Learn to Say the Perfect “No”

| September 12, 2014

HBR940Harvard Business Review:

It’s not easy to say no to a coworker or boss, because we fear damaging the relationship or appearing incapable. We need to stop looking at saying no as a choice between confrontation and staying on good terms. Instead, say no when you have to, and keep a neutral demeanor. Be clear and firm. If you say no tentatively, you can give false hope – the person will think you might change your mind, and he or she will just keep pushing you. Give a good business reason for your refusal up front – and stick with it. If you try to soften the no by offering weak excuses and holding back the real reason, you’ll appear disingenuous. Saying no neutrally doesn’t come naturally, so try practicing ahead of time with someone who will push back.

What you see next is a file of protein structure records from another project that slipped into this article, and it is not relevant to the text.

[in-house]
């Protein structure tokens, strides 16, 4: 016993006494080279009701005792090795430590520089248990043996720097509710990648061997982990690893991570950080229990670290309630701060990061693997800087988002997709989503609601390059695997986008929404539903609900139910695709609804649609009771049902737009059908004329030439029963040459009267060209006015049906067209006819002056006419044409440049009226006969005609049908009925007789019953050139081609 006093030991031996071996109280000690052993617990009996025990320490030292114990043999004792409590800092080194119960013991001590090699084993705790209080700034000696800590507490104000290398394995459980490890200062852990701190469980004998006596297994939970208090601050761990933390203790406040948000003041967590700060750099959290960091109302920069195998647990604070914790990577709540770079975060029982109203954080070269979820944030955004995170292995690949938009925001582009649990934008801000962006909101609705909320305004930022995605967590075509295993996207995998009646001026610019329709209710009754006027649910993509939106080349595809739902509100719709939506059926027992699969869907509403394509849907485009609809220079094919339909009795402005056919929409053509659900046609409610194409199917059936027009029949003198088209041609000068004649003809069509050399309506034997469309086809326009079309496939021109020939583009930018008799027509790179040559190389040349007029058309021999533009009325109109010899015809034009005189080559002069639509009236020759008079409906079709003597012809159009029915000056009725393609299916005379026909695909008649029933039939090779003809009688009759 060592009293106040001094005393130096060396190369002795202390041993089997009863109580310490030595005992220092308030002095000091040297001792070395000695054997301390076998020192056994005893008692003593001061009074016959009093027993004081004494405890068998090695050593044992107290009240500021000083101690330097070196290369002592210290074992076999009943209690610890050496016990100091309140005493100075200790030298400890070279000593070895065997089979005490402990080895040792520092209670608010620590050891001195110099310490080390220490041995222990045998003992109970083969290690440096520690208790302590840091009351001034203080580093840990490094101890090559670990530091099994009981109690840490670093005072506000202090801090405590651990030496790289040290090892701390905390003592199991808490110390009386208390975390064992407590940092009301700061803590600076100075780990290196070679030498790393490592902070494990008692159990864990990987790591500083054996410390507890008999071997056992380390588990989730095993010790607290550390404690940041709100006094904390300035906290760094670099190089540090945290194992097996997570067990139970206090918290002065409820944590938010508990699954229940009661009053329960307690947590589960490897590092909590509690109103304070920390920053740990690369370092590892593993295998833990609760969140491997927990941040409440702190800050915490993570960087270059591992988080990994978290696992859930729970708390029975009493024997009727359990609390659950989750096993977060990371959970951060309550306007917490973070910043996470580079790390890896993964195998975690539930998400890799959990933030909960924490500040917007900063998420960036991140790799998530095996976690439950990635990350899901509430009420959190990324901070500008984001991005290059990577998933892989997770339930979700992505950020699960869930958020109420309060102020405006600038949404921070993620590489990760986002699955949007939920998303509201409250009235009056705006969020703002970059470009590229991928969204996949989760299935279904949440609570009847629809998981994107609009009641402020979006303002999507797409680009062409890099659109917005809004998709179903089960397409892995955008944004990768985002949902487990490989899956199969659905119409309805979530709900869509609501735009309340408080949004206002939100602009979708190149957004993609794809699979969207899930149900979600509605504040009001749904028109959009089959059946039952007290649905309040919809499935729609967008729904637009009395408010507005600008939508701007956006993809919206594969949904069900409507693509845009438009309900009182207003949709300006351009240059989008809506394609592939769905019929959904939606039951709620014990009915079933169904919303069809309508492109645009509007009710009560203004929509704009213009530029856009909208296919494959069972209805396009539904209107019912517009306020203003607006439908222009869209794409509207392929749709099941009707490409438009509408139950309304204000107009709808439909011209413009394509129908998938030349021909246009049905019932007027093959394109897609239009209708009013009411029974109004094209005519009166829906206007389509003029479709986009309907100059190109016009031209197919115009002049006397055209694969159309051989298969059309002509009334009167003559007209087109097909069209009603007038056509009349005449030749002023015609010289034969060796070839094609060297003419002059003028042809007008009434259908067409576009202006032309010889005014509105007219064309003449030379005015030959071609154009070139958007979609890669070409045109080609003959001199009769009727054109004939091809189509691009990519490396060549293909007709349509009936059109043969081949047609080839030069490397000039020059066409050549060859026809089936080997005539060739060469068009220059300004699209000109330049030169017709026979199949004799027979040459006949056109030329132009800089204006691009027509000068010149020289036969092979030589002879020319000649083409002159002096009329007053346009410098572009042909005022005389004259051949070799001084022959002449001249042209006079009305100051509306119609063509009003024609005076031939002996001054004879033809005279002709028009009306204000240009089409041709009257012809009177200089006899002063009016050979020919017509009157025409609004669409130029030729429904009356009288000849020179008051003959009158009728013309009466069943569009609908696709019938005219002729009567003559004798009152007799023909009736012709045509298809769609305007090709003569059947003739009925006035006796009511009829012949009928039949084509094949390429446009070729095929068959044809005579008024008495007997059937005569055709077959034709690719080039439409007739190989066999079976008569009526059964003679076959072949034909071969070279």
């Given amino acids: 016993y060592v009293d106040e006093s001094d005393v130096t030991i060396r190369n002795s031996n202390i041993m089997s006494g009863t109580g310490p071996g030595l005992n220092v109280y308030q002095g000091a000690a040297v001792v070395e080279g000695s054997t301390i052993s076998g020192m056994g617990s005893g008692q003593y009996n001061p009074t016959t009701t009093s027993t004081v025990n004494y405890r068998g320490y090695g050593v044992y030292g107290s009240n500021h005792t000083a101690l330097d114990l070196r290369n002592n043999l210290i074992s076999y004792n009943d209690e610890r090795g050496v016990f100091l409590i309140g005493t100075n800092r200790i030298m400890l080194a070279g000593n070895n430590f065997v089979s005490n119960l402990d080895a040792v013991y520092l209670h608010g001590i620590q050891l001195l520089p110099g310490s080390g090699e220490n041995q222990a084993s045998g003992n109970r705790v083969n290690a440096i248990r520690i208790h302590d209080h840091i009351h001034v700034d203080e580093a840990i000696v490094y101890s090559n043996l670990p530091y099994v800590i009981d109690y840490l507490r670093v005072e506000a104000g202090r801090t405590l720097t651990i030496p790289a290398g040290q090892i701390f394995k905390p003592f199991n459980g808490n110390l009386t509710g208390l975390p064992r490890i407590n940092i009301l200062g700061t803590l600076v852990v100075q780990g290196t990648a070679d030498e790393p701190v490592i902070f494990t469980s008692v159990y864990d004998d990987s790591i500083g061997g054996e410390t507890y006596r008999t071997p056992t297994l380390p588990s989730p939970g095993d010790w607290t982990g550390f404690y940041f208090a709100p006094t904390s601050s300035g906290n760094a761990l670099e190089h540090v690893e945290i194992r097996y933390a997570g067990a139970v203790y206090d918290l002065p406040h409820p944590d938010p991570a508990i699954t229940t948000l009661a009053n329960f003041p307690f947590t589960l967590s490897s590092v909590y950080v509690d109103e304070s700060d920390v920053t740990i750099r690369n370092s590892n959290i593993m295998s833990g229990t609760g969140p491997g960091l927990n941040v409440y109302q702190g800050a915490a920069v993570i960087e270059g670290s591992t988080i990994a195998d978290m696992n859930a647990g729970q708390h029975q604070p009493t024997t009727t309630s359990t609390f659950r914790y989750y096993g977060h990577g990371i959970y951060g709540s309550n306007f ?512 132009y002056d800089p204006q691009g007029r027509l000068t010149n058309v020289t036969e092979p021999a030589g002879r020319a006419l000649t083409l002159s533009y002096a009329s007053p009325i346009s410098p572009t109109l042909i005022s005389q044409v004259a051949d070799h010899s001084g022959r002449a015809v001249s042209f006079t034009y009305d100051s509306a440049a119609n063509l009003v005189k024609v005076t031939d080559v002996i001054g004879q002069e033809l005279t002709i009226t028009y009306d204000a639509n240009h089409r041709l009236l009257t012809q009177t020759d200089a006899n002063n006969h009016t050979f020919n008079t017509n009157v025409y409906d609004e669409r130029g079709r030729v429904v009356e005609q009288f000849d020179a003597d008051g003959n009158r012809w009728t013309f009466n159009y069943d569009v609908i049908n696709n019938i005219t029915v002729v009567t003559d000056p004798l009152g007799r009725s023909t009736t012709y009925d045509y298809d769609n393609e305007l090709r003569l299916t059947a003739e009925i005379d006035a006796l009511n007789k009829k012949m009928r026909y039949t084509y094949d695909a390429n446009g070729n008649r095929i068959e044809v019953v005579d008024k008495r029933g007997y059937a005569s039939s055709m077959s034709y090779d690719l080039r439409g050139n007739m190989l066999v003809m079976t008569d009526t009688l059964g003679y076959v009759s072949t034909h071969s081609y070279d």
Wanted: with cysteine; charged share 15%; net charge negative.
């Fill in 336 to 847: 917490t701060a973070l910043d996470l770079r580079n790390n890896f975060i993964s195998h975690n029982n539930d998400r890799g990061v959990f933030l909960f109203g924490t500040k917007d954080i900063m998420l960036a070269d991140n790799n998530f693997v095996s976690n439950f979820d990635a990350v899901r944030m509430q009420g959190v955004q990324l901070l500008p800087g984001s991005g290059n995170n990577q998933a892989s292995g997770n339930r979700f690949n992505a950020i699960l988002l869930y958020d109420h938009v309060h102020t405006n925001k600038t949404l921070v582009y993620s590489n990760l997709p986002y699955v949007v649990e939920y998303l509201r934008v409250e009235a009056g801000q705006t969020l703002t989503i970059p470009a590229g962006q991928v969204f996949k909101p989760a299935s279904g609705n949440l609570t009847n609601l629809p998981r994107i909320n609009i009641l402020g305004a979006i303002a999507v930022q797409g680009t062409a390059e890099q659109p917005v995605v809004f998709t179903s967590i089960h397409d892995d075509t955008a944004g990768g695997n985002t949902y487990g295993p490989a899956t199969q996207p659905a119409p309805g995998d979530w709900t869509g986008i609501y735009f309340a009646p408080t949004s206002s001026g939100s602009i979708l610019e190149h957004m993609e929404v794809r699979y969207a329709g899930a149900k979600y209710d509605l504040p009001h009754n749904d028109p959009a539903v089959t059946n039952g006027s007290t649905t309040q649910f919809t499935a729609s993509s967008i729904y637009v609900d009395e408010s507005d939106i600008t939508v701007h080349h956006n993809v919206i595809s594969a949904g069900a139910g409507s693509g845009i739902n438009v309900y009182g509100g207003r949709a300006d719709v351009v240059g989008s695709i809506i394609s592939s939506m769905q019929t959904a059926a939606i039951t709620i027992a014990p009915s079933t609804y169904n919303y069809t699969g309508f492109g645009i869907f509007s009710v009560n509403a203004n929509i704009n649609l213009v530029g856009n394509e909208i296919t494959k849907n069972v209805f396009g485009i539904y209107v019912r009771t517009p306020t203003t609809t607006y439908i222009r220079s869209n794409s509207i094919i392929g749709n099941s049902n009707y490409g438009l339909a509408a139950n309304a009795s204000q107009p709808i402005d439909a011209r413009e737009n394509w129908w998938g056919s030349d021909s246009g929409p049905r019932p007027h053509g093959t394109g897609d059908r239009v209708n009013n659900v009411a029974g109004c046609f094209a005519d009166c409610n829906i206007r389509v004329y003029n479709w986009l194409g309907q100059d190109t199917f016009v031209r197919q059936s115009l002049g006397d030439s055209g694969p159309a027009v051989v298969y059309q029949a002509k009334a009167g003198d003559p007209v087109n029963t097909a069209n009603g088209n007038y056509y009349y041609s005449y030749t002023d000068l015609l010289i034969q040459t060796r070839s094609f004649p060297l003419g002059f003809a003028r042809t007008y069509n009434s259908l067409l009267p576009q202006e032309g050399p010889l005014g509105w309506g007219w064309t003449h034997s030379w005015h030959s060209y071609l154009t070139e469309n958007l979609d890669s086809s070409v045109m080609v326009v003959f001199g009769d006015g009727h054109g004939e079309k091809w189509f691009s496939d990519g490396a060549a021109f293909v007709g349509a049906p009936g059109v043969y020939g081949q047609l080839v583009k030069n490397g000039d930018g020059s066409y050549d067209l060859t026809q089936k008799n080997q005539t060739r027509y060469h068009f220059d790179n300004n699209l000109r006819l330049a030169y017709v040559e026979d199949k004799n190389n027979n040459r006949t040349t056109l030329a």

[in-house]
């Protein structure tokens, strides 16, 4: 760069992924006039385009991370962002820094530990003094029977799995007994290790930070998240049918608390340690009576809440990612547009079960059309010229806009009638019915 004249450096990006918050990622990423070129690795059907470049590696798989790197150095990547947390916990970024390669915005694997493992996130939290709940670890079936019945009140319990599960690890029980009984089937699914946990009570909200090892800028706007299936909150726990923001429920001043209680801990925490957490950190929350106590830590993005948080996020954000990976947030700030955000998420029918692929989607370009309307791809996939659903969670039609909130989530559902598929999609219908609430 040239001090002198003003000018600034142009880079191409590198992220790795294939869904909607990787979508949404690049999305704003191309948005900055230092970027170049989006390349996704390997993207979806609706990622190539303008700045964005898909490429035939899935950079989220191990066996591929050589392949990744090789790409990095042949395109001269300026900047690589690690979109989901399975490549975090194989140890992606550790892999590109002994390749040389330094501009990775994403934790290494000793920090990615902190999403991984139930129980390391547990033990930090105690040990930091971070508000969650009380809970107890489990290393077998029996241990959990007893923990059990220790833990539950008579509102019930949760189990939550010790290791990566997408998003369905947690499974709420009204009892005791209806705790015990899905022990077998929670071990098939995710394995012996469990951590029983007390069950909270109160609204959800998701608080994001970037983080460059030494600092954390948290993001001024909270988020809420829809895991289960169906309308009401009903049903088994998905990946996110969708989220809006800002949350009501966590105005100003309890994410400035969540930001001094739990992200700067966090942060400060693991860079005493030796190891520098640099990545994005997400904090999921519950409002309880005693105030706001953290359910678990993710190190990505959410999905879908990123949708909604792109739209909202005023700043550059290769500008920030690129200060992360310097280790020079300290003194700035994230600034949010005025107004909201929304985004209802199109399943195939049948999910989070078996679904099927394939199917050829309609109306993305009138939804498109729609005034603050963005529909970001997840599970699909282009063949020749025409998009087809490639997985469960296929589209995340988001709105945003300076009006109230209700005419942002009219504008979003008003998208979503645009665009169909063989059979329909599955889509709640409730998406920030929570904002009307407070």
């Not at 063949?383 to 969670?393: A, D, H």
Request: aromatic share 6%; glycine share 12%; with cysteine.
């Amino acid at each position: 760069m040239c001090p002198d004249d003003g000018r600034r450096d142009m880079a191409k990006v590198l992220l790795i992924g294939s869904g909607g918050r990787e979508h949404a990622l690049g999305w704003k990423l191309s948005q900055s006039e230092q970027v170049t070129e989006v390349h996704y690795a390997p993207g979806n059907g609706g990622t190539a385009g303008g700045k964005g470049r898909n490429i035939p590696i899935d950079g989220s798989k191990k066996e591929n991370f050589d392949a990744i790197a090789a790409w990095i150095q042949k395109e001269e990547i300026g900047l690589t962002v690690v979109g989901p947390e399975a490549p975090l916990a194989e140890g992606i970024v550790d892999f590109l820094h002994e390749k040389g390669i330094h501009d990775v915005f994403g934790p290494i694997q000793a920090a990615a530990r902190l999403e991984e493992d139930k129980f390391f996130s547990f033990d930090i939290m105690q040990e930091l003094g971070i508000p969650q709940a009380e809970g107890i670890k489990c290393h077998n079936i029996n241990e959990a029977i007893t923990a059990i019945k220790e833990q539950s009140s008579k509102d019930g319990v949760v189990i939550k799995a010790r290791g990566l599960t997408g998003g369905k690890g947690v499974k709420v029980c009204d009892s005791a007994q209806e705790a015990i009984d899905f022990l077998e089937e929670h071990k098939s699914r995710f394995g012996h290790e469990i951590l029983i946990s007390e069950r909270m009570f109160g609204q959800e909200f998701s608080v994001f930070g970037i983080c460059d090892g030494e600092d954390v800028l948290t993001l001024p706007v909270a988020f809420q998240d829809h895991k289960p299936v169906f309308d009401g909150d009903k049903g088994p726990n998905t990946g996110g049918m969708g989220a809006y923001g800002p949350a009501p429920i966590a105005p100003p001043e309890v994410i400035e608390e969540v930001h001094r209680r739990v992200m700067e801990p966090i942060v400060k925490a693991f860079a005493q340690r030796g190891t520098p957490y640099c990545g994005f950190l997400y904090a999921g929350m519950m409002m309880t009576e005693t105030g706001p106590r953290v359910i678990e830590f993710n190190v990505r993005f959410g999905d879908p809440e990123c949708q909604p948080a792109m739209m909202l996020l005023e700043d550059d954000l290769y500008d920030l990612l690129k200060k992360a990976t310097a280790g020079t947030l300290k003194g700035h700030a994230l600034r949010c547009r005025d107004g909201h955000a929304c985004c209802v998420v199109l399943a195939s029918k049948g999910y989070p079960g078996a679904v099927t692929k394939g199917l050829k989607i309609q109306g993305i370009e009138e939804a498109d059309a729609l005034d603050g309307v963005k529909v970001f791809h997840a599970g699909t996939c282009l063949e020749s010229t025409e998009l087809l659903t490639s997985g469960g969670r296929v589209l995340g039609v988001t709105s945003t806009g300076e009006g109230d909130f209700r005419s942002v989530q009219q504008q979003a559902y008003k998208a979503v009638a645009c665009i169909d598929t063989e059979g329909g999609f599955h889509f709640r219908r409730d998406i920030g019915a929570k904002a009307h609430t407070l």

Adapted from “ Say No Without Burning Bridges” by Holly Weeks.

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